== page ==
Mountain Bikus Interruptus

Oh, sure. She gets to mountain bike. I, on the other hand, spent this trip running alongside this little ripper.


I have a burly dual-suspension Proflex mountain bike that dates from the late 1990s. Amazingly, I now see this bike characterized on the Internet as “vintage.” Mine is in mint condition. In the first few years I owned the beast (the bike weighs about 7 million pounds), I did ride it on rugged singletrack, from Utah’s White Rim to the aspen-covered flanks of Crested Butte. Which is the point, of course.

But before long, I started having babies. This procreation business curtailed my mountain biking near completely. And since those darling little chiddlers have hijacked my life, the bike has suffered the indignity of hanging upside down in the garage for a decade, only to be resurrected for the purposes of hauling toddlers in a Burley, dragging preschoolers on a tag-a-long, and making multiple ten-minute laps to the local elementary school on paved suburban roads. I have seriously considered putting a plastic basket on the front of the bike. It would be convenient for carrying my keys. But that would be like stringing pearls on Vin Diesel, and the bike has suffered enough humiliation as it is.

The poor bike. (Poor me.)

The story of the bike says something about the life of a mom of school-aged children. Let’s take a look a few telling snapshots from the last three years:

Drag-along Biking: Two summers back, my husband and I and our three kids rented bikes in Acadia National Park and took to the carriage trails. I suppose technically this is mountain biking. We climbed some hills and made the subsequent descents, but it was all on smooth dirt paths, so I don’t think it counts. However, I was dragging my four-year-old daughter behind me on a tag-a-long. This is a different kind of hard-core, and you know what I mean if you’ve ever hauled a 40-pounder who refuses to pedal on the back of your bike. Dead weight, I’m telling you.

The ER is conveniently located just down the road from the Valmont Bike Park.

Bike Park Fiasco: Last summer, my husband and I took the kids to Boulder’s new Valmont bike park. It’s laced with dirt paths, jumps, berms, and rocky drop-offs.  My daughter, now five, was still pretty wobbly on her two-wheeler, so I took the first shift as spotter (you know, where you’re running alongside your child, sort of half bent over, grabbing them at the waist when they start to tip over.)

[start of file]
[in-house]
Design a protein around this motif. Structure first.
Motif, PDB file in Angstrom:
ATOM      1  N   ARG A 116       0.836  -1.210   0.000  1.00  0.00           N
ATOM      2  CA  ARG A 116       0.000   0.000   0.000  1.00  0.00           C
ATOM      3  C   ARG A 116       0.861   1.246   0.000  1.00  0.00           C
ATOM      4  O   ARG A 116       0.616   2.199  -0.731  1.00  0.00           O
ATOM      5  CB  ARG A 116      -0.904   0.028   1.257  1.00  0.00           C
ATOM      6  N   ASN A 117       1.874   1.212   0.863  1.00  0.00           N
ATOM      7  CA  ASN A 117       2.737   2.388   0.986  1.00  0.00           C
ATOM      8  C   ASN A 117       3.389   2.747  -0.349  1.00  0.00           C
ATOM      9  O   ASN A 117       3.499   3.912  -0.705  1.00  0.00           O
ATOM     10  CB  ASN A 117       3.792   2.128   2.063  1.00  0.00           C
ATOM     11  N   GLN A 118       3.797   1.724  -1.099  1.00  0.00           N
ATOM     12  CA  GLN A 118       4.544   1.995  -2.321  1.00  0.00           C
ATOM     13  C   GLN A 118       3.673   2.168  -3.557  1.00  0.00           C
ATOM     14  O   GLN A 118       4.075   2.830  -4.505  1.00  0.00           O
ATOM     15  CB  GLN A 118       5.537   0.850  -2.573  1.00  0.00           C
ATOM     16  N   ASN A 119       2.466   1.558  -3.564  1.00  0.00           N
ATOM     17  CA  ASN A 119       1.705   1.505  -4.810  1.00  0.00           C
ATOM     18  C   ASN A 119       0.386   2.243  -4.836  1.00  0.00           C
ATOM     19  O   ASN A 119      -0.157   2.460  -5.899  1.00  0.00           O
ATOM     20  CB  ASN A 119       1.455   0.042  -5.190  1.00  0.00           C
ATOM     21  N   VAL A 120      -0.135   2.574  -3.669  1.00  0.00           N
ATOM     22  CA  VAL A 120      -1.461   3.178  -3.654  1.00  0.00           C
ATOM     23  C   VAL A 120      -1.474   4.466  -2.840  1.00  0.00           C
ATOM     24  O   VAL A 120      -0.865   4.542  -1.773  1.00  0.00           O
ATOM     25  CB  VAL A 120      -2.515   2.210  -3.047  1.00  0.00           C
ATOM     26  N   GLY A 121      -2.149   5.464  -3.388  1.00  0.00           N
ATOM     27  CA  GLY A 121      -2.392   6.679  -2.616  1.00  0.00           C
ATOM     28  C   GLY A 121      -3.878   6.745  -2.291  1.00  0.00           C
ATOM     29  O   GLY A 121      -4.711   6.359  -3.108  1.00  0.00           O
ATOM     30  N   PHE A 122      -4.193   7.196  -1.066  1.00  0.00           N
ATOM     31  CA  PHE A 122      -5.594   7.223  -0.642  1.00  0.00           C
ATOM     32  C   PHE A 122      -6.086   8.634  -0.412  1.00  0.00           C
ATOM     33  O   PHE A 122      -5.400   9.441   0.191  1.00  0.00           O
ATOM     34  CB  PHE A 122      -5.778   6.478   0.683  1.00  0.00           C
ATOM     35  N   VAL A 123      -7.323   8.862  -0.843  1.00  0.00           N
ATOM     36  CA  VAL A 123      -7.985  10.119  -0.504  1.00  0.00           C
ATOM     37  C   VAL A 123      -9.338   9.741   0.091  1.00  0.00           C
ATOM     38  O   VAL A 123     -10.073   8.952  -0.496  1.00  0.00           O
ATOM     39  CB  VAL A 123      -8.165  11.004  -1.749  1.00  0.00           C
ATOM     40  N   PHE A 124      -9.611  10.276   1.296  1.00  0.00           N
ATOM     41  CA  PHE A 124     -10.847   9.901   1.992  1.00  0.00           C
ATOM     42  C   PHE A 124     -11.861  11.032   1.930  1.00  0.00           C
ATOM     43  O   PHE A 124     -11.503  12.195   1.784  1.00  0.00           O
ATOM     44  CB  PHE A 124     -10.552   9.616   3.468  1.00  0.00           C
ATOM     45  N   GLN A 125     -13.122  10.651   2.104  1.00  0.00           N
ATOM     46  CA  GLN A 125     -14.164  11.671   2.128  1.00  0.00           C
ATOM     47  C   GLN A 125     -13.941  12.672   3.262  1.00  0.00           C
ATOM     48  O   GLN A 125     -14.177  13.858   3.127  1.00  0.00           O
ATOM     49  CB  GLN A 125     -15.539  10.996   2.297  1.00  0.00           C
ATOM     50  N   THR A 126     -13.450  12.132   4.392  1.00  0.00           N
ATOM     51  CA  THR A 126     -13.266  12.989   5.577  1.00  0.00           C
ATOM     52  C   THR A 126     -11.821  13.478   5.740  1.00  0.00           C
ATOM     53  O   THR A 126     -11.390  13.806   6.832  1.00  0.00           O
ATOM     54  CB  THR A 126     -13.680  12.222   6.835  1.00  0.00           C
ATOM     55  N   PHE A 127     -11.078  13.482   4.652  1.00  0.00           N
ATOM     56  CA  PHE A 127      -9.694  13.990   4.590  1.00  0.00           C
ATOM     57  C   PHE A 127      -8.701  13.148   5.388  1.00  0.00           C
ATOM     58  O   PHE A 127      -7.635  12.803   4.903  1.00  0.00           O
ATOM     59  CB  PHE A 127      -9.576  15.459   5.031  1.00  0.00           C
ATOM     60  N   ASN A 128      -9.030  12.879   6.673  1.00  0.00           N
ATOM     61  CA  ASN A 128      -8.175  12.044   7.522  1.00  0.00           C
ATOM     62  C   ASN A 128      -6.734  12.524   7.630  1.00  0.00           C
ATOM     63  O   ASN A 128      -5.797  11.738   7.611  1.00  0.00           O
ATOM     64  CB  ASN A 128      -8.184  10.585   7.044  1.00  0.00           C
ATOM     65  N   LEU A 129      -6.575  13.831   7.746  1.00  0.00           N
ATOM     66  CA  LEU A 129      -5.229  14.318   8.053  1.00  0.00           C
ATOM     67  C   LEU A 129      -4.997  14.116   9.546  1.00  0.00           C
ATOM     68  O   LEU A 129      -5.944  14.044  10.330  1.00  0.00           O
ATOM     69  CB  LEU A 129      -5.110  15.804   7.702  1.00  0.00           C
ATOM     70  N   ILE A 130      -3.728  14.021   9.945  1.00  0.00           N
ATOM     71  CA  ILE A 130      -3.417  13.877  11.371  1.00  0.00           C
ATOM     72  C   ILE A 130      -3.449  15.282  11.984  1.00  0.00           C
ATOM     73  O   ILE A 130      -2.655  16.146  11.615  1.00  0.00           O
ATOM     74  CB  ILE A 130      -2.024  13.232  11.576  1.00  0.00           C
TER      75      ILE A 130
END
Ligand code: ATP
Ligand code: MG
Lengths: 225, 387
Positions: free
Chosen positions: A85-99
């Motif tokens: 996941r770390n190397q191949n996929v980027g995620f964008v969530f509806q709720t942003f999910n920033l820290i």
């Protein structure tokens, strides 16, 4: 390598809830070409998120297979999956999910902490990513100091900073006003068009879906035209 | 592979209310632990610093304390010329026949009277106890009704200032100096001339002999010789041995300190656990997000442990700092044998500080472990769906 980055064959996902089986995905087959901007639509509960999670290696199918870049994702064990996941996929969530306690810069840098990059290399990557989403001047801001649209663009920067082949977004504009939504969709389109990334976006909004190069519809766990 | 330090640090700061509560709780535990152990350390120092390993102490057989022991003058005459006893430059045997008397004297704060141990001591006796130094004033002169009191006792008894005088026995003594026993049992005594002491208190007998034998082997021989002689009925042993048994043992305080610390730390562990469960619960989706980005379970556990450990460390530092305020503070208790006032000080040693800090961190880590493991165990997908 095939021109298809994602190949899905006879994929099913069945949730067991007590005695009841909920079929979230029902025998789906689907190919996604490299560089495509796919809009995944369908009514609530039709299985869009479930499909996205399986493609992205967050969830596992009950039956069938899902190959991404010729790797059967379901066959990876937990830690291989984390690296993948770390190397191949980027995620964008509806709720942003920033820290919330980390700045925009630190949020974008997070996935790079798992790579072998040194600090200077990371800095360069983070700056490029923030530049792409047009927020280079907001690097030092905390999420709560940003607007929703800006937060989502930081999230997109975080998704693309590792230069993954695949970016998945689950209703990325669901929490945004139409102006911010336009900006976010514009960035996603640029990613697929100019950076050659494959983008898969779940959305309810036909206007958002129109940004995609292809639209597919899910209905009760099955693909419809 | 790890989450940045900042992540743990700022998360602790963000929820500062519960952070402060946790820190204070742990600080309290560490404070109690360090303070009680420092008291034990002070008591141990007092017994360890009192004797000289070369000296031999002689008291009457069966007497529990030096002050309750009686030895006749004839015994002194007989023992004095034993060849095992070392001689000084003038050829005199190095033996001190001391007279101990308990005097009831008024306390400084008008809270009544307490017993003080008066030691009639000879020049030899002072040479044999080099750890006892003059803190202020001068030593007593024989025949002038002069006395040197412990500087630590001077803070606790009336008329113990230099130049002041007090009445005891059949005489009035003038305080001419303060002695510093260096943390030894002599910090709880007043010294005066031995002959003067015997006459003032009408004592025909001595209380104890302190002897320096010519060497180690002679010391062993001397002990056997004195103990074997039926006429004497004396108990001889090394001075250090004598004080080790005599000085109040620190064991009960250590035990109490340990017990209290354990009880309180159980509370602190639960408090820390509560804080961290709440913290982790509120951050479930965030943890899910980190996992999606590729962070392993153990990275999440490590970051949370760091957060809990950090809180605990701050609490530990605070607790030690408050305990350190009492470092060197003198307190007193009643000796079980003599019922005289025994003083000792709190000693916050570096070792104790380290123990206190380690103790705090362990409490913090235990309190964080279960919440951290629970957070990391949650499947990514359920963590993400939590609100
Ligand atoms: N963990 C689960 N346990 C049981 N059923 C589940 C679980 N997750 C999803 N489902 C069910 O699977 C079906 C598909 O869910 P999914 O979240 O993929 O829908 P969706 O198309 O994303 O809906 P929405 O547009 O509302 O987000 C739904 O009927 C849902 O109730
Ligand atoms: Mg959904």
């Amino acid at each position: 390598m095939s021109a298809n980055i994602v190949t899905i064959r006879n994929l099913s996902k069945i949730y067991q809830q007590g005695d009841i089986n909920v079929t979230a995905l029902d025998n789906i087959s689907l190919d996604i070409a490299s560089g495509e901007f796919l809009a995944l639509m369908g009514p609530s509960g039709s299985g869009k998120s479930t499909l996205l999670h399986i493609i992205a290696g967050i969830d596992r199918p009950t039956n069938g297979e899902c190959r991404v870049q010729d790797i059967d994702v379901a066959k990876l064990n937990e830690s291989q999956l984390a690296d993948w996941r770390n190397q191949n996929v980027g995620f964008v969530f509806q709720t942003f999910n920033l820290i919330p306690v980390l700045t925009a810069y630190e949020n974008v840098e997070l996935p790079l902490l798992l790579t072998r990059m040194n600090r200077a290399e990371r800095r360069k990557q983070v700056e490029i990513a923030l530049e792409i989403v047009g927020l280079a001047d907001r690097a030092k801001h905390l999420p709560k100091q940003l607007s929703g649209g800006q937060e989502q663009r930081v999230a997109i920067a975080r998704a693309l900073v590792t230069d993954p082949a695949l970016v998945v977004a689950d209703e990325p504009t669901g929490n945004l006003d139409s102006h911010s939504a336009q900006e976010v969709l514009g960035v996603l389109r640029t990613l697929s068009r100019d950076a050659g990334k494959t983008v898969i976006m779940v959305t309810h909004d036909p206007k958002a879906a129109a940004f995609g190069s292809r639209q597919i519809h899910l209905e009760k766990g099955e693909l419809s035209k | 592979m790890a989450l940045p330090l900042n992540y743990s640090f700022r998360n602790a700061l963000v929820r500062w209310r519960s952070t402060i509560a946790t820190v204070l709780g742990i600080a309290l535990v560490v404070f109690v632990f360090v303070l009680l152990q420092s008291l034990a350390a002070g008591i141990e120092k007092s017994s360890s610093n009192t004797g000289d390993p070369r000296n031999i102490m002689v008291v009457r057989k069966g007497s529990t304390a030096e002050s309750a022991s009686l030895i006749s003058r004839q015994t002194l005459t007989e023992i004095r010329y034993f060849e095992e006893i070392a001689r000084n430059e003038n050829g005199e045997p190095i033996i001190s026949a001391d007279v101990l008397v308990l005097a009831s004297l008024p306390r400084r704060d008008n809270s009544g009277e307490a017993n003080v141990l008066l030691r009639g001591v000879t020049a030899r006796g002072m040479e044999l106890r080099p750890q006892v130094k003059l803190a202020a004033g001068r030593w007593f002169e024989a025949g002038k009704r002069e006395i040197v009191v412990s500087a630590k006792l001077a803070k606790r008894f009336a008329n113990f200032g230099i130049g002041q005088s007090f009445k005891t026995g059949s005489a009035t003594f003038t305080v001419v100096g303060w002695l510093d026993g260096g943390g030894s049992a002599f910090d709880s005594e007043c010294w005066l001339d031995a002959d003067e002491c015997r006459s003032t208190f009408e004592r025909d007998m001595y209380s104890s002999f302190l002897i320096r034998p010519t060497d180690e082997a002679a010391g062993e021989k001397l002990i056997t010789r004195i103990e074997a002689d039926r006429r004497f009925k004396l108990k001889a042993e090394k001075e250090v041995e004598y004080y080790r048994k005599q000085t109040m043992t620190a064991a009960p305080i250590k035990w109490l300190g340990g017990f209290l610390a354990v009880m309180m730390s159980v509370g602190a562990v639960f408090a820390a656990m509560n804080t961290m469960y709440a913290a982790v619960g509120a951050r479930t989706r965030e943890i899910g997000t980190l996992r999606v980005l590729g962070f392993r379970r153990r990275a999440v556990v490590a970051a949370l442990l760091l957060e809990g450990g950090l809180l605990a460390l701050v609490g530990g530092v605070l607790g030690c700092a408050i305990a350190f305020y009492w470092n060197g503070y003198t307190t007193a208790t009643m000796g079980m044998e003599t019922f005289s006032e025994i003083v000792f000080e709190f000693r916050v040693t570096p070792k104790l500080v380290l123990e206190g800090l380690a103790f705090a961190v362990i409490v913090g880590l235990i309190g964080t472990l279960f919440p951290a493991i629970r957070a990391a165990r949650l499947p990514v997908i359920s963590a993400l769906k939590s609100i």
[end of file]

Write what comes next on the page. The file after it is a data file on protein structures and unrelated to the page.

After about 15 minutes, the Proflex still firmly affixed to the roof of the car, my husband appeared around a corner, blood running from his temple. “Um, I think I need to go to the ER,” he said. Indeed. He had tried to bunny hop a two-foot high vertical slab of rock. His face swelled up and turned shades of purple. He looked like a battered Mr. Potato Head. At the ER, they glued his gash shut and diagnosed a concussion. I did sneak back to the park and make a few laps around the dirt paths while he was getting treated. I mean, no sense us both hanging around the hospital, right?

The maniacal uphill run and shove: Last spring, my daughter, now six and in kindergarten, often wanted to ride her bike to school.  She was less tippy by this point, but it’s uphill the whole way so she needed a little push every four mailboxes or so. At first, this meant I could not ride my own bike. Instead I would run alongside, giving her a good shove in the lumbar when she needed it. All the while, I’d be yelling (like a lunatic): “Pedal, pedal!!! You can do it!!! You’re almost there!!! Use your big muscles!!” Lance Armstrong should hire me as his coach.

Back on the bike.

One day I did this shoving-running drill while wearing jeans in 80 degrees weather with my 5th grader’s forgotten trumpet slung over one shoulder. Strangely enough, my back was sore the next day.

Eventually I modified my technique by biking alongside her with a hand on her back, giving her that little extra oomph to get uphill. Now, I can tell you this is extremely dangerous. If either the pusher or the pushee wobbles her front tire, it’s a collision in the making. And kindergarteners wobble their front tires with great regularity.

Until very recently, those snapshots pretty well defined the biking in my life. But there is hope. I feel compelled to add an epilogue here for any erstwhile mountain biking moms of young kids who might feel disheartened by this post. This summer, I finally got back on the bike for real. I’ve been out on the trails around Boulder with another mom, climbing steep hills, negotiating rocky sections, and zinging downhills technical enough give me an adrenaline boost. My Proflex, which is a conversation starter on the trail, even has some mud on it now.



  1. You’re right, no sense in two people hanging out in ER. I saw your awe Proflex outside of the Mountain Sun, it is so sweet.
    Ride on!


    • Helen Olsson says:

      thanks for reading! The bike is burly and awesome. This weekend I rode it around Dillon lake and did the old lean and push to give my daughter a boost. Occasionally I gave a little dingaling on the little Jellie Belly bell that I have hooked on the handlebars. Such a dichotomy!

  2. Loved reading this. There is hope for me (as a new mom) that one day I will get to ride again. Thanks for the laughs!

    • Helen Olsson says:

      Glad you enjoyed it. I’m still slogging back and forth to school with the kids on my big bad mountain bike. Today we did it in the snow and ice, which is plenty hardcore without ever hitting singletrack. I was glad for my knobby tires.

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